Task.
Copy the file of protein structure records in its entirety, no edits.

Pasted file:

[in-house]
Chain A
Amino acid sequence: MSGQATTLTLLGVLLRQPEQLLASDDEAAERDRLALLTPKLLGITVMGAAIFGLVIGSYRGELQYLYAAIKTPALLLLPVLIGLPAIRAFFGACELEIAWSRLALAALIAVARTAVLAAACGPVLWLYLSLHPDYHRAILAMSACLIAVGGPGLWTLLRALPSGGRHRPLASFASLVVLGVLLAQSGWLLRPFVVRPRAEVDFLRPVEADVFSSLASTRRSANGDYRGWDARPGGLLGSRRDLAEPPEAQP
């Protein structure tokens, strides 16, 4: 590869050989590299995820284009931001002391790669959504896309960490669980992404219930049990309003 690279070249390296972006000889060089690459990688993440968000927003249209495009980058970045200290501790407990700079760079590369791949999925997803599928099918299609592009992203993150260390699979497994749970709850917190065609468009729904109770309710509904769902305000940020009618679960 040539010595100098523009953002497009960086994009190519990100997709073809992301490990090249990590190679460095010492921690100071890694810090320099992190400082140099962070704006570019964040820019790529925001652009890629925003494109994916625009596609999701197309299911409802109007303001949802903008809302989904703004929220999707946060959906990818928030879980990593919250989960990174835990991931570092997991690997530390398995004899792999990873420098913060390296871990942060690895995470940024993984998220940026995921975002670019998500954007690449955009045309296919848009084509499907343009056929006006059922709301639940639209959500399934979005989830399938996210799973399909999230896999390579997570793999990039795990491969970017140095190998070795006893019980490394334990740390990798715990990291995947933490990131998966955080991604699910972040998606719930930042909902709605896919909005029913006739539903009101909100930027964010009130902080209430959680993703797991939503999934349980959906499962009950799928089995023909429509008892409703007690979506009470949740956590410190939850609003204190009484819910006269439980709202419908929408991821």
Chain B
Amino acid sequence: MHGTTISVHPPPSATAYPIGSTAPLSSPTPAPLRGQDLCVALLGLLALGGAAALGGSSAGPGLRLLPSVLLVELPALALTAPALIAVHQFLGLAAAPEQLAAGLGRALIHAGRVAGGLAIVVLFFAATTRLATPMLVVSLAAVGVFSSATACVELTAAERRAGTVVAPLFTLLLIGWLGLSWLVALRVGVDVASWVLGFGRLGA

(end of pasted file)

[in-house]
Chain A
Amino acid sequence: MSGQATTLTLLGVLLRQPEQLLASDDEAAERDRLALLTPKLLGITVMGAAIFGLVIGSYRGELQYLYAAIKTPALLLLPVLIGLPAIRAFFGACELEIAWSRLALAALIAVARTAVLAAACGPVLWLYLSLHPDYHRAILAMSACLIAVGGPGLWTLLRALPSGGRHRPLASFASLVVLGVLLAQSGWLLRPFVVRPRAEVDFLRPVEADVFSSLASTRRSANGDYRGWDARPGGLLGSRRDLAEPPEAQP
């Protein structure tokens, strides 16, 4: 590869050989590299995820284009931001002391790669959504896309960490669980992404219930049990309003 690279070249390296972006000889060089690459990688993440968000927003249209495009980058970045200290501790407990700079760079590369791949999925997803599928099918299609592009992203993150260390699979497994749970709850917190065609468009729904109770309710509904769902305000940020009618679960 040539010595100098523009953002497009960086994009190519990100997709073809992301490990090249990590190679460095010492921690100071890694810090320099992190400082140099962070704006570019964040820019790529925001652009890629925003494109994916625009596609999701197309299911409802109007303001949802903008809302989904703004929220999707946060959906990818928030879980990593919250989960990174835990991931570092997991690997530390398995004899792999990873420098913060390296871990942060690895995470940024993984998220940026995921975002670019998500954007690449955009045309296919848009084509499907343009056929006006059922709301639940639209959500399934979005989830399938996210799973399909999230896999390579997570793999990039795990491969970017140095190998070795006893019980490394334990740390990798715990990291995947933490990131998966955080991604699910972040998606719930930042909902709605896919909005029913006739539903009101909100930027964010009130902080209430959680993703797991939503999934349980959906499962009950799928089995023909429509008892409703007690979506009470949740956590410190939850609003204190009484819910006269439980709202419908929408991821």
Chain B
Amino acid sequence: MHGTTISVHPPPSATAYPIGSTAPLSSPTPAPLRGQDLCVALLGLLALGGAAALGGSSAGPGLRLLPSVLLVELPALALTAPALIAVHQFLGLAAAPEQLAAGLGRALIHAGRVAGGLAIVVLFFAATTRLATPMLVVSLAAVGVFSSATACVELTAAERRAGTVVAPLFTLLLIGWLGLSWLVALRVGVDVASWVLGFGRLGA